Workshop to Present the Study on “Victims Restitution System in Thailand”

Conrad Hotel – Bangkok, Thailand

November 29, 2017 – Through a grant to the Thailand-based Human Rights and Development Foundation (HRDF) and working closely with Senior TIP Experts, the U.S. Government through the ASEAN-U.S. PROGRESS project conducted research and drafted a study assessing the current state of restitution for victims of human trafficking in Thailand. The study identifies potential opportunities and interventions, including recommendations for legal, policy, procedural, and other changes, aimed at improving implementation of Thailand’s commitment to remedies for victims of trafficking.

In order to validate the findings and recommendations drawn from the draft study, HRDF in collaboration with PROGRESS organized a workshop to bring together over Thai stakeholders from civil society and government, including from the national anti-trafficking taskforce to discuss, debate, and ultimate provide inputs to inform a revised study on the current state of victim restitution in Thailand.

Once finalized, the study will be presented to relevant ASEAN bodies, including but not limited to the ASEAN Commission on the Promotion and Protection on the Rights of Women and Children, and will feed into current ASEAN efforts supported by the U.S. Government through PROGRESS to develop regional guidelines and procedures to address the needs of victims of TIP victims across ASEAN Member States.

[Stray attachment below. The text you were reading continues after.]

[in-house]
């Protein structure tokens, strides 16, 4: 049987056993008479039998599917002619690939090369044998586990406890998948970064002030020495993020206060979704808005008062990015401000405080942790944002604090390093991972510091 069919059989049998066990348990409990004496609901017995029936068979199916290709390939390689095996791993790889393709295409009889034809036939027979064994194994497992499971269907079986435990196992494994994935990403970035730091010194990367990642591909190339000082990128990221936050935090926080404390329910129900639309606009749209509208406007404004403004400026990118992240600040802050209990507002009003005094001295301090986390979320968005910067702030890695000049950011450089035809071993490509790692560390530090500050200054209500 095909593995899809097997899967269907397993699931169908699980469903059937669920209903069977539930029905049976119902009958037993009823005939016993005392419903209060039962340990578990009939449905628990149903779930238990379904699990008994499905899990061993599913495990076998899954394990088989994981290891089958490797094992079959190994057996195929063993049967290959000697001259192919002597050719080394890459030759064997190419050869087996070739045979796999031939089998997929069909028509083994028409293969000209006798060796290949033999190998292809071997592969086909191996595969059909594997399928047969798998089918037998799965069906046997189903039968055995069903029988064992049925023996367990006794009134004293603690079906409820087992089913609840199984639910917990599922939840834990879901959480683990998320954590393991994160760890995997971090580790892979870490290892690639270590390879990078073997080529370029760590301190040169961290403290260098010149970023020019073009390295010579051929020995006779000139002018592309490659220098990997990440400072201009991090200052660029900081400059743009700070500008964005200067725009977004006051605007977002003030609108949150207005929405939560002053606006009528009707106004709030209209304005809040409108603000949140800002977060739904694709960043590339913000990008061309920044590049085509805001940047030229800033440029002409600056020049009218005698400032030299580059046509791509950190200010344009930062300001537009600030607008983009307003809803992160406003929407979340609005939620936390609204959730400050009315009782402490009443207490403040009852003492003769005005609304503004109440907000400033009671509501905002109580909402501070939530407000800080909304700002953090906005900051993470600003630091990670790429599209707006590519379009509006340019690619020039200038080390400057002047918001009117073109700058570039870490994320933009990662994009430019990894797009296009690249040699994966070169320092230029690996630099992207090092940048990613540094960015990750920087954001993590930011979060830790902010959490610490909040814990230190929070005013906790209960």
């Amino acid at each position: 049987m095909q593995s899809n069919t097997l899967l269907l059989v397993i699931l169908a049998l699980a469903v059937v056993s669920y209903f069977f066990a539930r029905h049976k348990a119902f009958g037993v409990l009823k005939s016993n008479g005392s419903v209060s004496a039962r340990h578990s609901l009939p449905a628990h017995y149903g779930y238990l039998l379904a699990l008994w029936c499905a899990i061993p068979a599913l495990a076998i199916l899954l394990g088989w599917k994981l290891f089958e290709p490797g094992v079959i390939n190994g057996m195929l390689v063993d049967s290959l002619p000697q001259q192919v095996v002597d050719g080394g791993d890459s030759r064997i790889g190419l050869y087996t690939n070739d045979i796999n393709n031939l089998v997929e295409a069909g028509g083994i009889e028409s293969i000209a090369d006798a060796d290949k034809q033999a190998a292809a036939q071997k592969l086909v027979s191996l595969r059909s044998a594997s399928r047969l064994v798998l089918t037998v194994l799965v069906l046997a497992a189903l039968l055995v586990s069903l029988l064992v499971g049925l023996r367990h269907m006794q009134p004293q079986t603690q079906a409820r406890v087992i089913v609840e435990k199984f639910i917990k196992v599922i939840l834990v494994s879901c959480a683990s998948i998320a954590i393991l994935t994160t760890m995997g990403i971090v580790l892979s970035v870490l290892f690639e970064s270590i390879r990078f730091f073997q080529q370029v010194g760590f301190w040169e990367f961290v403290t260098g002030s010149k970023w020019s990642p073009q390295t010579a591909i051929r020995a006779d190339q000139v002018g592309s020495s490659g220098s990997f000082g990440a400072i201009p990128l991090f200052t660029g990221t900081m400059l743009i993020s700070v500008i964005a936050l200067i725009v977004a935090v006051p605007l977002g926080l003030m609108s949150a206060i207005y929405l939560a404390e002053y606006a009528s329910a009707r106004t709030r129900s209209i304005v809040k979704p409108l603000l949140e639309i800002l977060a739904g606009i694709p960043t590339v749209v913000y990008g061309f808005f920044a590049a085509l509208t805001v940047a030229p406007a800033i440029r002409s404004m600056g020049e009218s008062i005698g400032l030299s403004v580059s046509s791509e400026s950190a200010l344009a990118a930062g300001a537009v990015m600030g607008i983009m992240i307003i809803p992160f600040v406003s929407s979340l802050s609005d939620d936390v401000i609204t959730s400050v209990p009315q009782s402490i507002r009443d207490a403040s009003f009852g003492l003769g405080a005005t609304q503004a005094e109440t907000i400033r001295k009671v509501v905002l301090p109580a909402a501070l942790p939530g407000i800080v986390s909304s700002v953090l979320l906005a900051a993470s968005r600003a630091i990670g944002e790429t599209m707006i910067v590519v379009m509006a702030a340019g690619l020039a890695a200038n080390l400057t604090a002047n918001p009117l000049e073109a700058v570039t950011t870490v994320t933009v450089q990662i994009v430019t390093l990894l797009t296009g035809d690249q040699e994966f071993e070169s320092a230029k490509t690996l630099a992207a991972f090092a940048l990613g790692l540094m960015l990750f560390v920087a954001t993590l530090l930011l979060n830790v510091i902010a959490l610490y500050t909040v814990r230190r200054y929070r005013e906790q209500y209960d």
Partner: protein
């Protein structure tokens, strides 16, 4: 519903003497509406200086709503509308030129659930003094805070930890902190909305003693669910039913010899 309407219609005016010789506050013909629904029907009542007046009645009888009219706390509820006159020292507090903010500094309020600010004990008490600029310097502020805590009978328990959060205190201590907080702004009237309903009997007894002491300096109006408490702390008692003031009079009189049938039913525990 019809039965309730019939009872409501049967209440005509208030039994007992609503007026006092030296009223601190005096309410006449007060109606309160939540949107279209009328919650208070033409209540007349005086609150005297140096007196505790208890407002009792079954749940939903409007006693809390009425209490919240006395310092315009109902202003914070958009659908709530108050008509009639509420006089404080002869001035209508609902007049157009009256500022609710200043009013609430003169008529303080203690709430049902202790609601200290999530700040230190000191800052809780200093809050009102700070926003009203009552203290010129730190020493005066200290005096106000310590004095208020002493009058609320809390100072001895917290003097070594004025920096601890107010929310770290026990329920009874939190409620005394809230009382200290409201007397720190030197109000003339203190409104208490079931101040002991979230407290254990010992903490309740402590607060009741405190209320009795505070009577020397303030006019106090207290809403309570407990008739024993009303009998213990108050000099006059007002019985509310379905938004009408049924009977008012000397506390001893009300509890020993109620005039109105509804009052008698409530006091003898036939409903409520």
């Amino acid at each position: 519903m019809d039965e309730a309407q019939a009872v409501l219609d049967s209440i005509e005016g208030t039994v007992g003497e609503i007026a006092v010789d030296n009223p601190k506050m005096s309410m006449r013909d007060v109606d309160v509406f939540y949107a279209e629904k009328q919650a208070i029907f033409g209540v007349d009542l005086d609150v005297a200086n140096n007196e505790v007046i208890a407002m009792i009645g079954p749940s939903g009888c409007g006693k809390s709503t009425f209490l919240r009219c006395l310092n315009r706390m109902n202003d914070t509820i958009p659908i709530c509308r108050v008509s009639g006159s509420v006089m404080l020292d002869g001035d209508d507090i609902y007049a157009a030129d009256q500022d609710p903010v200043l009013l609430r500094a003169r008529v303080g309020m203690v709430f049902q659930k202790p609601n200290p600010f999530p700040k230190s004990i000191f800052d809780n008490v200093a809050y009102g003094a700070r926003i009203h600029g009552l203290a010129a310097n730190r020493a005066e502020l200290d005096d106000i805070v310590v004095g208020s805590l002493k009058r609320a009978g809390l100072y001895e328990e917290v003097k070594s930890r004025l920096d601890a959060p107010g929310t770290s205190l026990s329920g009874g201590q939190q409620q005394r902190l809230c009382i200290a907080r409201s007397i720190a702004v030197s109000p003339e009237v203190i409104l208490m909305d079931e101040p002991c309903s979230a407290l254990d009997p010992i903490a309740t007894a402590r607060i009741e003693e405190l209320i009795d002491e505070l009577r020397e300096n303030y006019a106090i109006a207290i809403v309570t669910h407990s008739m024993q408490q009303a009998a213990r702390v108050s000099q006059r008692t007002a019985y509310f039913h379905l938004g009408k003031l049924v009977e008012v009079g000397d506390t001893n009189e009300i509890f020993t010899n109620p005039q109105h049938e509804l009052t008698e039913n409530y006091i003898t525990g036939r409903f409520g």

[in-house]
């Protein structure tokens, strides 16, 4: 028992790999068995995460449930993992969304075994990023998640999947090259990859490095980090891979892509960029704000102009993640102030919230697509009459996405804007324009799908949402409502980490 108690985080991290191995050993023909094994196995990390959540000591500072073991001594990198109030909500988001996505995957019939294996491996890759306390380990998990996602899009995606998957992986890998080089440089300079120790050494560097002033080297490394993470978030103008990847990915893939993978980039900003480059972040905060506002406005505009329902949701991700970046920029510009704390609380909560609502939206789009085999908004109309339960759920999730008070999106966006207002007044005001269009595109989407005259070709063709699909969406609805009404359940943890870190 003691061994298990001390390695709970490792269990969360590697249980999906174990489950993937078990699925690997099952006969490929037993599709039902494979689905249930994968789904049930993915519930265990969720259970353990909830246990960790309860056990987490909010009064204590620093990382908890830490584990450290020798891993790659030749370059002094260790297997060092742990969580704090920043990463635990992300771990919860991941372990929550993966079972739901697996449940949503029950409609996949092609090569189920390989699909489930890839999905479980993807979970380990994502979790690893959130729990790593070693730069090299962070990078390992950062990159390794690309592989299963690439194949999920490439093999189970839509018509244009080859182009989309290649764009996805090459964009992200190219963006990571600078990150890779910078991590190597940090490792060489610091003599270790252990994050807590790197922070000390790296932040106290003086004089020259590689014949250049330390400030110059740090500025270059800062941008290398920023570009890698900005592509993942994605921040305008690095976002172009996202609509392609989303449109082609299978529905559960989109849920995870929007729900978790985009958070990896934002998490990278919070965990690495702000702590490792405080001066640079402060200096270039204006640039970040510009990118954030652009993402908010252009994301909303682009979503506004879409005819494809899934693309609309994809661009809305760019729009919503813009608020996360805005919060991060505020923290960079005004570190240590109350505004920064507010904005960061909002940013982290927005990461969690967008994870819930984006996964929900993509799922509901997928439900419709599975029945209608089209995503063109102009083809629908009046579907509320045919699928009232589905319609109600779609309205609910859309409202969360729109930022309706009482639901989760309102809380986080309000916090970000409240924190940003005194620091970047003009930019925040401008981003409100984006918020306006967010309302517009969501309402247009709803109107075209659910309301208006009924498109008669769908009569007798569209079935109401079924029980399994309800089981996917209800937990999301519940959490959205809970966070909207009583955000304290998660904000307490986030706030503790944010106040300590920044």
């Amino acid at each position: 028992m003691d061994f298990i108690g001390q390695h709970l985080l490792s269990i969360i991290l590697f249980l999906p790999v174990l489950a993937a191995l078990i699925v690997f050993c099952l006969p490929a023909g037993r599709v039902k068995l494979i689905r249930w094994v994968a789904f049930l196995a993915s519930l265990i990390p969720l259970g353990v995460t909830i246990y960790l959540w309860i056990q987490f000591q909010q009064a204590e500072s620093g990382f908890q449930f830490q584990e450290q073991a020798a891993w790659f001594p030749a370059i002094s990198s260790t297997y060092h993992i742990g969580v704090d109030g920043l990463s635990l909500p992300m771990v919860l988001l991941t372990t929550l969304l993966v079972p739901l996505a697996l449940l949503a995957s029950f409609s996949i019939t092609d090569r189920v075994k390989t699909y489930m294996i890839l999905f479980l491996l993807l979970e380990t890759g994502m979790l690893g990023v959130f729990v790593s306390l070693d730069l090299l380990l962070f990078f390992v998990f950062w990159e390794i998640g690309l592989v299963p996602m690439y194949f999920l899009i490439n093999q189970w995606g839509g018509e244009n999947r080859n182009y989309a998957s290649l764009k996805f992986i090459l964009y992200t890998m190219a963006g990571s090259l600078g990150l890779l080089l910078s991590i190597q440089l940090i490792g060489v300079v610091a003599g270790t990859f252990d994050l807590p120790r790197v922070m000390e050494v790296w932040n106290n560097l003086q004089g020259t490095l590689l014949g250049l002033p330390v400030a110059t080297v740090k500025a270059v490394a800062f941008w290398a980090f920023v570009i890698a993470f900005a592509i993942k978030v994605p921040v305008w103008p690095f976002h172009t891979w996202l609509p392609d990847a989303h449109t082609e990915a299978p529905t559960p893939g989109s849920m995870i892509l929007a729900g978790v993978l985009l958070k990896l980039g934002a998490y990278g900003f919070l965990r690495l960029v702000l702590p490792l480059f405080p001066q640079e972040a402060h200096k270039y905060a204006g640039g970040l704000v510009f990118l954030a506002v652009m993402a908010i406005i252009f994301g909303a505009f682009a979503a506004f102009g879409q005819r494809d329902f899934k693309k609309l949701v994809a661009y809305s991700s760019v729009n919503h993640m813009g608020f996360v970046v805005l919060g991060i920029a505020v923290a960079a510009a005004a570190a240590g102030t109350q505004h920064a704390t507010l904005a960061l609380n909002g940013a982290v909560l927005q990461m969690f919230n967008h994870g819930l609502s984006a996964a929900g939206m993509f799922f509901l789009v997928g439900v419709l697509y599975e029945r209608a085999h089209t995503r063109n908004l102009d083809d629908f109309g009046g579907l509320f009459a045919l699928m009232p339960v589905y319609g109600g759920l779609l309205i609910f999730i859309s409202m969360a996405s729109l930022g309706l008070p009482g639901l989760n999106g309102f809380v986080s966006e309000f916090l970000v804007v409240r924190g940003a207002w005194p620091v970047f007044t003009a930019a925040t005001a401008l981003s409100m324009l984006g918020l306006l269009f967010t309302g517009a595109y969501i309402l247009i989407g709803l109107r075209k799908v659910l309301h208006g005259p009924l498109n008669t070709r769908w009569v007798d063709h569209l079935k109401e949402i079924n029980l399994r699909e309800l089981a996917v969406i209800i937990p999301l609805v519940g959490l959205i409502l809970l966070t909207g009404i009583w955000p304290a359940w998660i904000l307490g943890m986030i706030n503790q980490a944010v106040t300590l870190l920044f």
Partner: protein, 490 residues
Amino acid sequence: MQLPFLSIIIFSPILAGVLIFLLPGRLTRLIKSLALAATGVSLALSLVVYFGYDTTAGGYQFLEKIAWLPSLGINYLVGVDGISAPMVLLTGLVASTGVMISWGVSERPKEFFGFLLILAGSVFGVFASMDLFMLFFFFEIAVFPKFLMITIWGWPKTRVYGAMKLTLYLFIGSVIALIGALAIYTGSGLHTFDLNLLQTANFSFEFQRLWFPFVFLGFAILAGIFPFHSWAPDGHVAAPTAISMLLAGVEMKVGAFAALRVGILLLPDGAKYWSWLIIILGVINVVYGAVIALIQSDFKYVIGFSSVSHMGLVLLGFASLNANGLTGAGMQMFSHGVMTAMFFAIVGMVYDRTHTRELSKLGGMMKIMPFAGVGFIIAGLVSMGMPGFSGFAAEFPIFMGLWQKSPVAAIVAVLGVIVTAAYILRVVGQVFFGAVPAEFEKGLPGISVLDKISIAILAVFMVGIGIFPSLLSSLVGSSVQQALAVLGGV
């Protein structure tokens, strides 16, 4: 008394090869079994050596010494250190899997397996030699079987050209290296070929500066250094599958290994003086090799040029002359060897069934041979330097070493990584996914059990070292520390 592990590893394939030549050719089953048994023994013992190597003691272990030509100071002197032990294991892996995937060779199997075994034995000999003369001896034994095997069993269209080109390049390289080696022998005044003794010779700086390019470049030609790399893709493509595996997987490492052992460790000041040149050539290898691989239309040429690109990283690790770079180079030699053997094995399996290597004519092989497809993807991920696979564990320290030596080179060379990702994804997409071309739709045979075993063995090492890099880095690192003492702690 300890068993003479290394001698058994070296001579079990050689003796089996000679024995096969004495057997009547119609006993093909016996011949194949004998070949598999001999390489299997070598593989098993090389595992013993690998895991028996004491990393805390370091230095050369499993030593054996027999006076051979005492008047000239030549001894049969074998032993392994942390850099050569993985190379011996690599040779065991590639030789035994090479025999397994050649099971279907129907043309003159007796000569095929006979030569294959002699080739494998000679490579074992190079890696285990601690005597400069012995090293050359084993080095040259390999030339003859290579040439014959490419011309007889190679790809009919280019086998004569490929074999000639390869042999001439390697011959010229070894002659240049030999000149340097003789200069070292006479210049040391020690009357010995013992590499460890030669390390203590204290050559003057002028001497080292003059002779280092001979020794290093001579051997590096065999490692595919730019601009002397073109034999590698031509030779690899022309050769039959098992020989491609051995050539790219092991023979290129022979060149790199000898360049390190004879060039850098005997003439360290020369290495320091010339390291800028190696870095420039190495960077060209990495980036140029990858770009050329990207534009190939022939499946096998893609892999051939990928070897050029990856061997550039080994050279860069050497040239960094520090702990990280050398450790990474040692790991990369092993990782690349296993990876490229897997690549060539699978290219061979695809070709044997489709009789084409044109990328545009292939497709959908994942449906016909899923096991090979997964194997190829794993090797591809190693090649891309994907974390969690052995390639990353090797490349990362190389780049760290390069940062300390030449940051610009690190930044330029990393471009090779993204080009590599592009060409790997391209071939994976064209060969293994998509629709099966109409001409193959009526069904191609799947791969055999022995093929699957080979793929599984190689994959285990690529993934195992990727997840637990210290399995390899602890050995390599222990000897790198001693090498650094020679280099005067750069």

In his welcoming remarks, Mr. Somchai Homlair, HRDF President, indicated that for the past 20 years, Thailand has seen tremendous progress in terms of partnership between agencies and governmental and civil society in tackling trafficking. However, the form and shape of the problem has evolved and while Thailand already has in place requisite laws and systems address victim restitution and compensation, challenges remain. He also expressed his hopes that through continued discourse, stakeholders will continue to improve understanding of the issues and inform more effective implementation of laws and policies.

In her opening remarks, Karolyn Kuo, from USAID’s Regional Development Mission for Asia, expressed her hopes for a successful gathering and looked forward to the study’s application more broadly: “Building upon the valuable inputs and suggestions from today’s workshop, onward iterations of the study will also explore and draw out potential lessons that can be shared and applied throughout ASEAN.”